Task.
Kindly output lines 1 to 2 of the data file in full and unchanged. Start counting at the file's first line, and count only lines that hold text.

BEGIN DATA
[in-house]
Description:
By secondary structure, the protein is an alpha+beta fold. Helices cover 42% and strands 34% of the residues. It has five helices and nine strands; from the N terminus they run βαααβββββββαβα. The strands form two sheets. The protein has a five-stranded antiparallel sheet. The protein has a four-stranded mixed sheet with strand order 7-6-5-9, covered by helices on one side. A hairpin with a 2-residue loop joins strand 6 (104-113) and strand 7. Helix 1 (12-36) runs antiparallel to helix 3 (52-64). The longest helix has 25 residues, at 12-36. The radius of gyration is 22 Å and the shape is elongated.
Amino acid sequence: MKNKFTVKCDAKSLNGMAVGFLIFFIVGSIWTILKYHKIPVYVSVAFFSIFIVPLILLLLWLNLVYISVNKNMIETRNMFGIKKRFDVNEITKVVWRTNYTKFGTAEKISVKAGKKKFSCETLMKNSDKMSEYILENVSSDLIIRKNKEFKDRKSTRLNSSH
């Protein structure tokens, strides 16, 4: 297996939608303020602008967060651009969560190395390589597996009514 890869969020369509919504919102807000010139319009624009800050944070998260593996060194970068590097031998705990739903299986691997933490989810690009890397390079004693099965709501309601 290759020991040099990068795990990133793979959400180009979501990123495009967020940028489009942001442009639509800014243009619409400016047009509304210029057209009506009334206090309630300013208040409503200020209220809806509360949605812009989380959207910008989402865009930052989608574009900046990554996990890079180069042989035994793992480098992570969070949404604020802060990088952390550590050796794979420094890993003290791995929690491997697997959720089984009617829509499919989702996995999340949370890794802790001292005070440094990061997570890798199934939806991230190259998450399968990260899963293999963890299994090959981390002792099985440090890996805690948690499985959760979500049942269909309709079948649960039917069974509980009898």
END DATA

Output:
[in-house]
Description: